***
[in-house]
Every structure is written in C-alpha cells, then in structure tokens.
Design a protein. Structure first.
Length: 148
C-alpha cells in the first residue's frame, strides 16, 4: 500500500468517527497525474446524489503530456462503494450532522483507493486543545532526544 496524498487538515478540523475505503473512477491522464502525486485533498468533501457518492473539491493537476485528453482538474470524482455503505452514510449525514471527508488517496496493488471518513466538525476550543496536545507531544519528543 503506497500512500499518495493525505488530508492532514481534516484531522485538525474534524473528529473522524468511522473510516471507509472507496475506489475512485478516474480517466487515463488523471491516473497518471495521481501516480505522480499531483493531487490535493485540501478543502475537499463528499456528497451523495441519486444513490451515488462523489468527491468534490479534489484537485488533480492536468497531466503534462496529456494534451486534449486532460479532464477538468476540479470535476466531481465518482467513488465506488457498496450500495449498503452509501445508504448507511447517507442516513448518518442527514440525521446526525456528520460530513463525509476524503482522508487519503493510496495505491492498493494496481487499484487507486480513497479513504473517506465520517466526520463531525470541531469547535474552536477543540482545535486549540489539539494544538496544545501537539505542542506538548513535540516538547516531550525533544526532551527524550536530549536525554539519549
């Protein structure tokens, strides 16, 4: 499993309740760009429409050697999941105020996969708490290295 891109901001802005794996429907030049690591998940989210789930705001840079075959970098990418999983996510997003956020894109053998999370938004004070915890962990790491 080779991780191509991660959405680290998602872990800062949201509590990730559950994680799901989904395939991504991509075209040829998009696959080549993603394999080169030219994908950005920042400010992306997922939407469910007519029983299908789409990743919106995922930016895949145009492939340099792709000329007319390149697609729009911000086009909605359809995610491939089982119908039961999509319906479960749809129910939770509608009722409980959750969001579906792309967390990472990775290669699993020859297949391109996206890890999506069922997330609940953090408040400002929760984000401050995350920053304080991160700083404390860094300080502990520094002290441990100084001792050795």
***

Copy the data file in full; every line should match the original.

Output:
[in-house]
Every structure is written in C-alpha cells, then in structure tokens.
Design a protein. Structure first.
Length: 148
C-alpha cells in the first residue's frame, strides 16, 4: 500500500468517527497525474446524489503530456462503494450532522483507493486543545532526544 496524498487538515478540523475505503473512477491522464502525486485533498468533501457518492473539491493537476485528453482538474470524482455503505452514510449525514471527508488517496496493488471518513466538525476550543496536545507531544519528543 503506497500512500499518495493525505488530508492532514481534516484531522485538525474534524473528529473522524468511522473510516471507509472507496475506489475512485478516474480517466487515463488523471491516473497518471495521481501516480505522480499531483493531487490535493485540501478543502475537499463528499456528497451523495441519486444513490451515488462523489468527491468534490479534489484537485488533480492536468497531466503534462496529456494534451486534449486532460479532464477538468476540479470535476466531481465518482467513488465506488457498496450500495449498503452509501445508504448507511447517507442516513448518518442527514440525521446526525456528520460530513463525509476524503482522508487519503493510496495505491492498493494496481487499484487507486480513497479513504473517506465520517466526520463531525470541531469547535474552536477543540482545535486549540489539539494544538496544545501537539505542542506538548513535540516538547516531550525533544526532551527524550536530549536525554539519549
């Protein structure tokens, strides 16, 4: 499993309740760009429409050697999941105020996969708490290295 891109901001802005794996429907030049690591998940989210789930705001840079075959970098990418999983996510997003956020894109053998999370938004004070915890962990790491 080779991780191509991660959405680290998602872990800062949201509590990730559950994680799901989904395939991504991509075209040829998009696959080549993603394999080169030219994908950005920042400010992306997922939407469910007519029983299908789409990743919106995922930016895949145009492939340099792709000329007319390149697609729009911000086009909605359809995610491939089982119908039961999509319906479960749809129910939770509608009722409980959750969001579906792309967390990472990775290669699993020859297949391109996206890890999506069922997330609940953090408040400002929760984000401050995350920053304080991160700083404390860094300080502990520094002290441990100084001792050795």